Amoris Laetitia 112: On Slander

amoris laetitia memePope Francis looks to the opposite, one possible opposite, of bearing all things, a common enough sin that dogs many believers, even those at the very center of service:

112. First, Paul says that love “bears all things” (panta stégei). This is about more than simply putting up with evil; it has to do with the use of the tongue. The verb can mean “holding one’s peace” about what may be wrong with another person. It implies limiting judgment, checking the impulse to issue a firm and ruthless condemnation: “Judge not and you will not be judged” (Lk 6:37). Although it runs contrary to the way we normally use our tongues, God’s word tells us: “Do not speak evil against one another, brothers and sisters” (Jas 4:11). Being willing to speak ill of another person is a way of asserting ourselves, venting resentment and envy without concern for the harm we may do. We often forget that slander can be quite sinful; it is a grave offense against God when it seriously harms another person’s good name and causes damage that is hard to repair.

Sound like an internet we know and visit so often? Sadly, it happens in our families, too. Things have changed in the world of duplicate bridge, but I remember my first foray into that, how turned off I was by husband and wife partnerships where the criticism and impatience poured out of people.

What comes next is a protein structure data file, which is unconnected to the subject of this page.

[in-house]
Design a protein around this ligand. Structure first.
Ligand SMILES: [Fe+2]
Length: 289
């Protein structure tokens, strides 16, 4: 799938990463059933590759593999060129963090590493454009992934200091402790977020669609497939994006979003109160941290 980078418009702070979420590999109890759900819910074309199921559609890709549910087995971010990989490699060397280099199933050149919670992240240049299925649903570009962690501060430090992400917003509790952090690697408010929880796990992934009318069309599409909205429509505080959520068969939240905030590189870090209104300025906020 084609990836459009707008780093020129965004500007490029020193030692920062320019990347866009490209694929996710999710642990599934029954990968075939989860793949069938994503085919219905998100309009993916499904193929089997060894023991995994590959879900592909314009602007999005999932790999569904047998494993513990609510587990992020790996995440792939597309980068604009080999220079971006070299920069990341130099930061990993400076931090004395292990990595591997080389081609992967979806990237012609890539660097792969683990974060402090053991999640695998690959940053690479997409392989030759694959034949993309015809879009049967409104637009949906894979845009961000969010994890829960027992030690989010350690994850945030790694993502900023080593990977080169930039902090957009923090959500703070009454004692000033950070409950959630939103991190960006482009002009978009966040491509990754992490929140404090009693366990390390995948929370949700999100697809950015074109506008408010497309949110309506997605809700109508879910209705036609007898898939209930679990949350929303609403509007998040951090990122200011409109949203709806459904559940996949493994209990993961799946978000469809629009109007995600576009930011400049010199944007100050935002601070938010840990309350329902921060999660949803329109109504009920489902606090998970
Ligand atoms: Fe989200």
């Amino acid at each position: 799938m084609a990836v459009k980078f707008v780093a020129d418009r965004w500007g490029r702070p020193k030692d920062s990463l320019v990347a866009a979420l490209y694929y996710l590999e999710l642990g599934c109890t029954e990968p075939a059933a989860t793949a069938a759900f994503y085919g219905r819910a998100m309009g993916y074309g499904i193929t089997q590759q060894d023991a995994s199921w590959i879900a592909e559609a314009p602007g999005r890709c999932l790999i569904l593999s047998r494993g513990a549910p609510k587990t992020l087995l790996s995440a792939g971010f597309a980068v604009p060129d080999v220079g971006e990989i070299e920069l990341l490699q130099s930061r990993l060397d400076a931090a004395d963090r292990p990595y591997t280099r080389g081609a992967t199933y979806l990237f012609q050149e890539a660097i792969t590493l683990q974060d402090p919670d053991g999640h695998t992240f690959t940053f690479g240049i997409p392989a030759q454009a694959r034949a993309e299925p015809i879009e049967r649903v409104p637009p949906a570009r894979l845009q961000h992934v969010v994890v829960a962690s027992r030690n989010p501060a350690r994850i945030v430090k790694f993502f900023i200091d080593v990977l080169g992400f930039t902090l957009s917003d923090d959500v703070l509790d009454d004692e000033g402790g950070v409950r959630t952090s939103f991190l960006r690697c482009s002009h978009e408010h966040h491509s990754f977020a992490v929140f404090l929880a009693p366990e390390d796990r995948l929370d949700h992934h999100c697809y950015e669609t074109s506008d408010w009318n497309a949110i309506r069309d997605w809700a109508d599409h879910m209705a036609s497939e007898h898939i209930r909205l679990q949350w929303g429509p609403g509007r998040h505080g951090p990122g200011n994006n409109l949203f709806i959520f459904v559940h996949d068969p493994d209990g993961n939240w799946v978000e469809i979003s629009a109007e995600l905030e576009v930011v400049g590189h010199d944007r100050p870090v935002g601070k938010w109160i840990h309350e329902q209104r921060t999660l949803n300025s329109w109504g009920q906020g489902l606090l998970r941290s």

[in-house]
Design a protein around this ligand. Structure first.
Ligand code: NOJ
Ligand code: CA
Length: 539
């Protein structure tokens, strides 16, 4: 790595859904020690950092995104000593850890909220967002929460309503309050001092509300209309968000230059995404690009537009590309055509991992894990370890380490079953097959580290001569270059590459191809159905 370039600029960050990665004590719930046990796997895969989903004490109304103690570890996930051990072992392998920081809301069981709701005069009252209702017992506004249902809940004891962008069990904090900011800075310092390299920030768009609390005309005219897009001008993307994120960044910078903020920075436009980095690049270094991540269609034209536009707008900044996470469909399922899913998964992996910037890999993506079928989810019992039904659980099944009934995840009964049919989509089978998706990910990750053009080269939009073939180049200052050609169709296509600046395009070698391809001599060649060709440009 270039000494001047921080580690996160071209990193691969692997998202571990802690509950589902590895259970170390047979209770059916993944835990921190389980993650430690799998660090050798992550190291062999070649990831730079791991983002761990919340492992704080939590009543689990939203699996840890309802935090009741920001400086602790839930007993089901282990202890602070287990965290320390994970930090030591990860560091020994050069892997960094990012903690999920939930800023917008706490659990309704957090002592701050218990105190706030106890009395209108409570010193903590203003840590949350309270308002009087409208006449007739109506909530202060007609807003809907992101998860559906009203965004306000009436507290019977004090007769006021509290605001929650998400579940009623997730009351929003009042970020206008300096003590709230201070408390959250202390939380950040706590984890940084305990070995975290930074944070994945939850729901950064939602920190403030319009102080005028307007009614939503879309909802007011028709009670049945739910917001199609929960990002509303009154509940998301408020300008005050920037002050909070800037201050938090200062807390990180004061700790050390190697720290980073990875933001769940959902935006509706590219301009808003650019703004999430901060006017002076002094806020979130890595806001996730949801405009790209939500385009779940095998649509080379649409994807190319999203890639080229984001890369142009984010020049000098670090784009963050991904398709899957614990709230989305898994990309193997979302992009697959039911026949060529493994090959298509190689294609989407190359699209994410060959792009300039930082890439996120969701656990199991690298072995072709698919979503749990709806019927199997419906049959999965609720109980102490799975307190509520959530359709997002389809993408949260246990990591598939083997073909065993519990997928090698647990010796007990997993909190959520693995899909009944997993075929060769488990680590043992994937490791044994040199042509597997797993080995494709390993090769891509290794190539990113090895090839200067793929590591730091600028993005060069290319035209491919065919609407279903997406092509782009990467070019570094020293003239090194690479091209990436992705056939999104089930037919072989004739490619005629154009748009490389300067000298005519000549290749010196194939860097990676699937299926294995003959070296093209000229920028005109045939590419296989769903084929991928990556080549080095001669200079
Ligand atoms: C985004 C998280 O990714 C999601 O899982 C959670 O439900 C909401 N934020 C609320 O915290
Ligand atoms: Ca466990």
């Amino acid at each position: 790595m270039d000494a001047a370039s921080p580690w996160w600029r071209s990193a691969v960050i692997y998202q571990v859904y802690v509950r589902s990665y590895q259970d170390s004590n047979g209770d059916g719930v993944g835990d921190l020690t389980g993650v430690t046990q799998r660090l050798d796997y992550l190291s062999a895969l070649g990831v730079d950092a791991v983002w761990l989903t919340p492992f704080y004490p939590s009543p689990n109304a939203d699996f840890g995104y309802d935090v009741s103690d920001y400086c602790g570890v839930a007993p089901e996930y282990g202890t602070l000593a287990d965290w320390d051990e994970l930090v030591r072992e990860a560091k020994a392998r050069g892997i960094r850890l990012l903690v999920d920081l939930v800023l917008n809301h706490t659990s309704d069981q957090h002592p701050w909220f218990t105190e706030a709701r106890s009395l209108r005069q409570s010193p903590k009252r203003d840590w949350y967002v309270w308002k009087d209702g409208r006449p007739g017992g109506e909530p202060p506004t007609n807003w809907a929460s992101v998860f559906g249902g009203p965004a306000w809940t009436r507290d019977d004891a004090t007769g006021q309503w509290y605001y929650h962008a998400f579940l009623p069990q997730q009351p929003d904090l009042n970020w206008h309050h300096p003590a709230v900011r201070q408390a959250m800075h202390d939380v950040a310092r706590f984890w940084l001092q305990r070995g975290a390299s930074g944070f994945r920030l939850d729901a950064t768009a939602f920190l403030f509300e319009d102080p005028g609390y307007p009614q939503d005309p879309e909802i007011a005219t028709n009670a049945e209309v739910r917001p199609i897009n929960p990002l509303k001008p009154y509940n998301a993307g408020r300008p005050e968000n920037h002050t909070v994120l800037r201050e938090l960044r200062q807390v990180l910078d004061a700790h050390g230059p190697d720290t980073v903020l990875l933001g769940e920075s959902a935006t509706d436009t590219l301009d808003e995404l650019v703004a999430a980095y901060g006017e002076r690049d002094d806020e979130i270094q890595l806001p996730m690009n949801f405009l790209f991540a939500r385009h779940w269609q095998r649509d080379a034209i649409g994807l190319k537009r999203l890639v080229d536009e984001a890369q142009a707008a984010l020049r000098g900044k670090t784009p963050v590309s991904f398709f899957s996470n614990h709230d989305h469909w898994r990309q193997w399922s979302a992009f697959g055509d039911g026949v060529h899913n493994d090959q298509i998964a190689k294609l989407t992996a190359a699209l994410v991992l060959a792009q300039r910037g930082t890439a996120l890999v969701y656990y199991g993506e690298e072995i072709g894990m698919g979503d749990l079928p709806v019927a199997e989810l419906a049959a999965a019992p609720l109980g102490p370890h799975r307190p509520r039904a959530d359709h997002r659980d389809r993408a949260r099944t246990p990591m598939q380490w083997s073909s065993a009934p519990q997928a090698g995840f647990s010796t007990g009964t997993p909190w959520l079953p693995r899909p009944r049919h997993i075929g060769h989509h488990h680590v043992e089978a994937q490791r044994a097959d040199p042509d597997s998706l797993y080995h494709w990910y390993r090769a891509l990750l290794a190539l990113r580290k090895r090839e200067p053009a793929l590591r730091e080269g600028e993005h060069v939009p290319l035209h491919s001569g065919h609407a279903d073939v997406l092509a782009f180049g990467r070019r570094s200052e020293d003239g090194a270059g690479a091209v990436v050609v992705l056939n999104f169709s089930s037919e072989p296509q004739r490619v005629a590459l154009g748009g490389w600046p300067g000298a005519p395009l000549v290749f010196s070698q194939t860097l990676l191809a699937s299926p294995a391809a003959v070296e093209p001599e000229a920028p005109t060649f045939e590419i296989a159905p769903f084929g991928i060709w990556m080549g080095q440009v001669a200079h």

Hence God’s word forthrightly states that the tongue “is a world of iniquity” that “stains the whole body” (Jas 3:6); it is a “restless evil, full of deadly poison” (3:8). Whereas the tongue can be used to “curse those who are made in the likeness of God” (3:9), love cherishes the good name of others, even one’s enemies. In seeking to uphold God’s law we must never forget this specific requirement of love.

For your reference, Amoris Laetitia is online here.

About catholicsensibility

Todd lives in the Pacific Northwest, serving a Catholic parish as a lay minister.
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